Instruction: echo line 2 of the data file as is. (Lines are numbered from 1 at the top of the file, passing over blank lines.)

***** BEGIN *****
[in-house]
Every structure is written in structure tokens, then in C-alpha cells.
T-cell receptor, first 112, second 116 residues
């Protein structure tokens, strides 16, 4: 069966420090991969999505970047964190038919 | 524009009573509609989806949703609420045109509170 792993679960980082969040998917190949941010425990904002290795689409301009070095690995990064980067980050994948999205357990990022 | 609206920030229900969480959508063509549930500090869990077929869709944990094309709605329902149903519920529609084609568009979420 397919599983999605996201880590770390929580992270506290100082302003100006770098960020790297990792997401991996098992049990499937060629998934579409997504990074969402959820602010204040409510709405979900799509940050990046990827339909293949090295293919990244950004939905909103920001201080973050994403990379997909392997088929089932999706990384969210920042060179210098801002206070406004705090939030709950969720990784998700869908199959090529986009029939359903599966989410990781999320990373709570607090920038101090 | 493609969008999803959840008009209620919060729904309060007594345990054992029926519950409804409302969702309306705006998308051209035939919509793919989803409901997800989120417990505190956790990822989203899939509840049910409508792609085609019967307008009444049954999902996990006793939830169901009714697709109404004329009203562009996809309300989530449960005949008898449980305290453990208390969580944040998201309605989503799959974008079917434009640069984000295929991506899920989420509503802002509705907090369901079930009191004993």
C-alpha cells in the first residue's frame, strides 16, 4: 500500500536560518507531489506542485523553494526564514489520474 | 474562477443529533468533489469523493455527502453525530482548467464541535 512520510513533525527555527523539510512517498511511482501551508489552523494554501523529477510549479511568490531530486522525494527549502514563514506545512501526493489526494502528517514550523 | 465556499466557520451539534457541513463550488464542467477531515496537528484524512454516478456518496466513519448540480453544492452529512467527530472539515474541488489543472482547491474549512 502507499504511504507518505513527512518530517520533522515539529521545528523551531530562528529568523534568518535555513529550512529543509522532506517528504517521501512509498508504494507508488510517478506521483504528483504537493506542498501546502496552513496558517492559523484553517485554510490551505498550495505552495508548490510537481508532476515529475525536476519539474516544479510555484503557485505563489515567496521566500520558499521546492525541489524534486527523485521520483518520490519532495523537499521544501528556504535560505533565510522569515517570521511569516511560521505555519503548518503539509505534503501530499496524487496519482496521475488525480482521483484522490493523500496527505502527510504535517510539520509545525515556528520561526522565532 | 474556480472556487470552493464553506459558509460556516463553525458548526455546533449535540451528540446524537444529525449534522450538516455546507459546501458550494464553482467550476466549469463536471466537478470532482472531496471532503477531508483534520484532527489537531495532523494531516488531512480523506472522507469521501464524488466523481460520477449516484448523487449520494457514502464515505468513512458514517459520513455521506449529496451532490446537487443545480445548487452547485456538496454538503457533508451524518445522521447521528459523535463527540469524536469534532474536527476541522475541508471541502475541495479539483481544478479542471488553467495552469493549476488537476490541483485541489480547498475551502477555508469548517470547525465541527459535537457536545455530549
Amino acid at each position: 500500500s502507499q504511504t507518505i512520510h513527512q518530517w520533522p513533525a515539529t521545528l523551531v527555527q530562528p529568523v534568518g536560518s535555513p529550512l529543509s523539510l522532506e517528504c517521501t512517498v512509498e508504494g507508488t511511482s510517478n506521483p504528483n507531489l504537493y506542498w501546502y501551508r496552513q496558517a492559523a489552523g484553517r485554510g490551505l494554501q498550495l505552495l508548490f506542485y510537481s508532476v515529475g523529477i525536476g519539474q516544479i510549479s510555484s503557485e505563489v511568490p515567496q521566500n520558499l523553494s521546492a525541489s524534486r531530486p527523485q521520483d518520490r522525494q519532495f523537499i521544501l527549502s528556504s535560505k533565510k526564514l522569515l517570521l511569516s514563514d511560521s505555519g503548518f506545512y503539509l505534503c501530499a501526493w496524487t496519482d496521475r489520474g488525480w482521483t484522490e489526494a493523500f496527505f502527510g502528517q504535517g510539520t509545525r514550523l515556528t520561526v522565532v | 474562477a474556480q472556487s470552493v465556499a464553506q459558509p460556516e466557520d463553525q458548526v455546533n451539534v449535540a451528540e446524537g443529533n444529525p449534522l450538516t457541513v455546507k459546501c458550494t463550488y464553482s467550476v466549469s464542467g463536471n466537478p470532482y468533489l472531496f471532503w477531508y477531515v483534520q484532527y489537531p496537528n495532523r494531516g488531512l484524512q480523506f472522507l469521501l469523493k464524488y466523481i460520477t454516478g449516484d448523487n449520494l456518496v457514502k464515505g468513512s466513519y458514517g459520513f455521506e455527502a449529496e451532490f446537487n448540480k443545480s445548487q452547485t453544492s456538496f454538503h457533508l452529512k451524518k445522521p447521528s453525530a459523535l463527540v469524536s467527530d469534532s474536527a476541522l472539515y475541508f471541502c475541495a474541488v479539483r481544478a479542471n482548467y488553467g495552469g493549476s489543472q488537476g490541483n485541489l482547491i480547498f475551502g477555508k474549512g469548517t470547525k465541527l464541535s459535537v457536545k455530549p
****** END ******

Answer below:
Every structure is written in structure tokens, then in C-alpha cells.